Would pressing still be an acceptable form of restoration today?   Traditionally, collectors paid premiums for super HG copies because they cherished the books 'State of Preservation'.  That a book "survived" in pristine shape was what made these books coveted.   If CGC didn't need to "fix" the very books they were encapsulationg, would they have taken the stance they have now?  Would they have thrown their arms in the air proclaiming "pressing is undetectable", or would they have invested some money into R&D and upped their resto detection game?

Should a NM/MT copy of a book that was preserved that way,  be worth the same as a NM- copy that was pressed to appear so?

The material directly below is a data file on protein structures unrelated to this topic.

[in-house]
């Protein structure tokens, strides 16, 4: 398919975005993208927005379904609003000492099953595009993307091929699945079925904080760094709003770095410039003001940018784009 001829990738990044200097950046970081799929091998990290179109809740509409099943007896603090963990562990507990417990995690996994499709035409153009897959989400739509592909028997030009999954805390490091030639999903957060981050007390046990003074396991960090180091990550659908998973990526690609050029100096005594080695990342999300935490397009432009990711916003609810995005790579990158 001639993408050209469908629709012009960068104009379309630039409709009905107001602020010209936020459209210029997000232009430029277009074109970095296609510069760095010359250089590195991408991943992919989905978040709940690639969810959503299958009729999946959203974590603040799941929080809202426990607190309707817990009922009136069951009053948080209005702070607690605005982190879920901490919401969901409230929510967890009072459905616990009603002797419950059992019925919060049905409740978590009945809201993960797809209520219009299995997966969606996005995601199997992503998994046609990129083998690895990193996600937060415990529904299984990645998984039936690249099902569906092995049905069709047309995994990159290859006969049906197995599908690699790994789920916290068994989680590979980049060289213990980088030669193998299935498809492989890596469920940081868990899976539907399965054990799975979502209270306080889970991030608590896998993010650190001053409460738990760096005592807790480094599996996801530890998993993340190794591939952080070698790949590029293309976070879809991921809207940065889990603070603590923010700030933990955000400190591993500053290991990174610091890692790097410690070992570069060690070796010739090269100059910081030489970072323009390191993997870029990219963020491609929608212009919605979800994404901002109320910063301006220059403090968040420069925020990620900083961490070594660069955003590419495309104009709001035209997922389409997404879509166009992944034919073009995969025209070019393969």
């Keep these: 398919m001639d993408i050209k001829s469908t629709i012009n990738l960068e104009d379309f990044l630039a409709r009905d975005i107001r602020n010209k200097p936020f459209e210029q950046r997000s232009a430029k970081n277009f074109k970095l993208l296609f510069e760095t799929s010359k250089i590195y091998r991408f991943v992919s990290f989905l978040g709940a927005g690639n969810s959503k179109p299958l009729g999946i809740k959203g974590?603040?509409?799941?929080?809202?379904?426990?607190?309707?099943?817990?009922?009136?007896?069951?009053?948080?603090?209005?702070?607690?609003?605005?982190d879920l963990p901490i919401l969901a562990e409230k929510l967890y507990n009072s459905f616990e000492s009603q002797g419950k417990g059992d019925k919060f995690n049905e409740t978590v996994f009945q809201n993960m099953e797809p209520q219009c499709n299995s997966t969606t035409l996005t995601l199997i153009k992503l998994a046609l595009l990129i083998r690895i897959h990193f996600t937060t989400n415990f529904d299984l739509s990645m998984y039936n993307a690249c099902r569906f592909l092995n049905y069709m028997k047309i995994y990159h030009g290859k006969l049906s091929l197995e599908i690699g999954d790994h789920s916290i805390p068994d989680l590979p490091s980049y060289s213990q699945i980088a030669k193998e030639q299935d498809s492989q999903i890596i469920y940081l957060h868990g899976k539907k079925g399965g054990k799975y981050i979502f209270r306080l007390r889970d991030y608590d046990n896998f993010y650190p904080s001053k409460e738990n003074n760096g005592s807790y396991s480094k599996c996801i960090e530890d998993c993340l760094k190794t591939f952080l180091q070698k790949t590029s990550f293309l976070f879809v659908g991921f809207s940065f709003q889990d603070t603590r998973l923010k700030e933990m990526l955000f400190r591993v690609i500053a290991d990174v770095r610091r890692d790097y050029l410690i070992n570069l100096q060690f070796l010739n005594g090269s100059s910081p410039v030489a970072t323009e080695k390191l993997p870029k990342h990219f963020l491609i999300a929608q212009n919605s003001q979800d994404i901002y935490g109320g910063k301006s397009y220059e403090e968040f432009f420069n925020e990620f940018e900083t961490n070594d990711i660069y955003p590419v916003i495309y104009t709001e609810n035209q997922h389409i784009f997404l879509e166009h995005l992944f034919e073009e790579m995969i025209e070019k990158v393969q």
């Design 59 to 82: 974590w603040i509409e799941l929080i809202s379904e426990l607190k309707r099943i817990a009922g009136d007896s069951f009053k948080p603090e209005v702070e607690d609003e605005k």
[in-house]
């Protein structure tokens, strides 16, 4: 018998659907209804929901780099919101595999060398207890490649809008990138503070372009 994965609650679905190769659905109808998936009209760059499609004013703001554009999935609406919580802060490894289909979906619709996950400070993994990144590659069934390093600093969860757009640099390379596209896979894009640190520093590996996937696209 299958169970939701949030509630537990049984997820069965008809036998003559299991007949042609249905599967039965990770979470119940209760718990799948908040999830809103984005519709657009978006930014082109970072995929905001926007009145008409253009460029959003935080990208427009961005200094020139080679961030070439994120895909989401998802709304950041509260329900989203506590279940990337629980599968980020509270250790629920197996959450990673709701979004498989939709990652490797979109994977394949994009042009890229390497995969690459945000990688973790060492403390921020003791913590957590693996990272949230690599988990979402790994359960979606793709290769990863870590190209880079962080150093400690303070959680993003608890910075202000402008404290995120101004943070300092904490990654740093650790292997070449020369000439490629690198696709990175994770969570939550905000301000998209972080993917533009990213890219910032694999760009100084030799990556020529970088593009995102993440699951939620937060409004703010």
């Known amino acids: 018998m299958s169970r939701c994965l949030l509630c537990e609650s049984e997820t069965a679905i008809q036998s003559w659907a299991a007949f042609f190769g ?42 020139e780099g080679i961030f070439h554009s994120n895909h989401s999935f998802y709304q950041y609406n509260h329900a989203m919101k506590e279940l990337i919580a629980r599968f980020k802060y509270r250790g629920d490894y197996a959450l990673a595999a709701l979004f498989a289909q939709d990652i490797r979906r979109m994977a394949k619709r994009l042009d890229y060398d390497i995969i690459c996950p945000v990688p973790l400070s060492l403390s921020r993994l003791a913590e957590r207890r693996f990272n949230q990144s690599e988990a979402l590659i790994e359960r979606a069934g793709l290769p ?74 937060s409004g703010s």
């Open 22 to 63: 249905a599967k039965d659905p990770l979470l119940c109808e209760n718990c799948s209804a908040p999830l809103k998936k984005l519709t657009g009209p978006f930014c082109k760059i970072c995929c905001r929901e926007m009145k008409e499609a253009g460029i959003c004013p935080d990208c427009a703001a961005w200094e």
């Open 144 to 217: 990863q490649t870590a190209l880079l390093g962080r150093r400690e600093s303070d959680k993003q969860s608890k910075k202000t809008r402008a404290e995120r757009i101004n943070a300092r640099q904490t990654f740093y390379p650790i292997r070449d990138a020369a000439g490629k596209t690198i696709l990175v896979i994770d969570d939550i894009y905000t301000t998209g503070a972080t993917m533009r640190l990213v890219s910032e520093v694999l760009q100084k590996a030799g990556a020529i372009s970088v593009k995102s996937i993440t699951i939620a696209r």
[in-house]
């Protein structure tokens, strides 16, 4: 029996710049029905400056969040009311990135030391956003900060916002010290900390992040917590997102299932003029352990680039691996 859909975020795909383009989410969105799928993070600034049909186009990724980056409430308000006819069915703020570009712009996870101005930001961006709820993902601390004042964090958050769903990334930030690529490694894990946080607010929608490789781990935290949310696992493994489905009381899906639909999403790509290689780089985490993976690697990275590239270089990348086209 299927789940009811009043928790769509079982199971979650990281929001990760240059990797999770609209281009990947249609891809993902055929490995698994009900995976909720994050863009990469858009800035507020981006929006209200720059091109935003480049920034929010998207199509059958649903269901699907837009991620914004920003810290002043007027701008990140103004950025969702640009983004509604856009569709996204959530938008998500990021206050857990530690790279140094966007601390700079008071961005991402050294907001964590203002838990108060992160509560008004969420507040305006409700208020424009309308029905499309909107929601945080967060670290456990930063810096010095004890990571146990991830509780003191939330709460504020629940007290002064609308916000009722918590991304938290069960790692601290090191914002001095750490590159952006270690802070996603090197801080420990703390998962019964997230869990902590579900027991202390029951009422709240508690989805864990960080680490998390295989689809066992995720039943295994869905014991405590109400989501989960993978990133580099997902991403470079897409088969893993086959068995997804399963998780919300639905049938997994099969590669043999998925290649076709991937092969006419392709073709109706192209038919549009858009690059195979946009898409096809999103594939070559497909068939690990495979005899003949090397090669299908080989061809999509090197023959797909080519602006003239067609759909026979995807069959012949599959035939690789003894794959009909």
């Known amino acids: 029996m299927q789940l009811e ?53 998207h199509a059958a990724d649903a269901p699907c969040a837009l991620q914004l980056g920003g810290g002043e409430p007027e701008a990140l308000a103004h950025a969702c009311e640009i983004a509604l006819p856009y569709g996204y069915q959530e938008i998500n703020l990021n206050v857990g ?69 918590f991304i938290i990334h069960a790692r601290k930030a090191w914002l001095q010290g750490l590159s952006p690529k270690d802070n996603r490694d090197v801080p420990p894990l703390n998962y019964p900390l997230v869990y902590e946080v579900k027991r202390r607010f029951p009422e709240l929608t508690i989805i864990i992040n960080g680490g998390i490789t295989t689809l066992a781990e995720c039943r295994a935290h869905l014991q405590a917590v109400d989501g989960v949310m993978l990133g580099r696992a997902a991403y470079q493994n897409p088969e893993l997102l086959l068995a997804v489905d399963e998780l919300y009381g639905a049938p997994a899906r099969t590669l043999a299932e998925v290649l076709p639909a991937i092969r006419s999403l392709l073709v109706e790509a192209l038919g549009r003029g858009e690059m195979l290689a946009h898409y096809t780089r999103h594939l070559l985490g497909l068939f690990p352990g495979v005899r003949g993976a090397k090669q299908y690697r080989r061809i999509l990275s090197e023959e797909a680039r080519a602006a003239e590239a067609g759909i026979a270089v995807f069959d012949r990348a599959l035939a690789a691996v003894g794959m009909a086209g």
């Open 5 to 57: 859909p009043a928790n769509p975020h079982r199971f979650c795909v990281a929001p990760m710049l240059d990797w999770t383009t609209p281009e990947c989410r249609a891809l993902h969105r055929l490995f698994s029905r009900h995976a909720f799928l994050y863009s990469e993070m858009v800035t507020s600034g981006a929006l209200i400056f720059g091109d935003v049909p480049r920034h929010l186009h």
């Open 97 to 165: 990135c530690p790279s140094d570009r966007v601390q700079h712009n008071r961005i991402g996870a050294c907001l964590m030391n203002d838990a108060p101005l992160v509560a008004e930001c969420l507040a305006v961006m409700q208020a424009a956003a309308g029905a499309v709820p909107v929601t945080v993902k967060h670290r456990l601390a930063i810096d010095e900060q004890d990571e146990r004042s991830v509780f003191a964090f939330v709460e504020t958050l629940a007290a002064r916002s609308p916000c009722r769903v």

Structural grade has replaced the state of preservation, and yet people still continue to pay crazy premiums.  What exactly are they paying these premiums for????

 

 

 

 

 

Edited by THE_BEYONDER

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On 6/19/2019 at 7:35 AM, Karl Liebl said:

Curious...  How exactly does a comic book get like that?  It looks like humid bag wrinkles, I don't have anything that looks like that.

I think you did a good job BUT...  The book looks like it has a grainy or lumpy finish.  I don't see that in my CCS books.  

Moisture damaged lot of books from a seller that found a short box of books in his cellar. The majority were bagged individually so the weren't all stuck together. Paper stock on the Atlas books differed from the big 2 but multiple sessions including humidity introduction improved the book even further but it was just something I did for the he'll of it as the novelty of pressing sounded interesting so I figured, why not try for myself.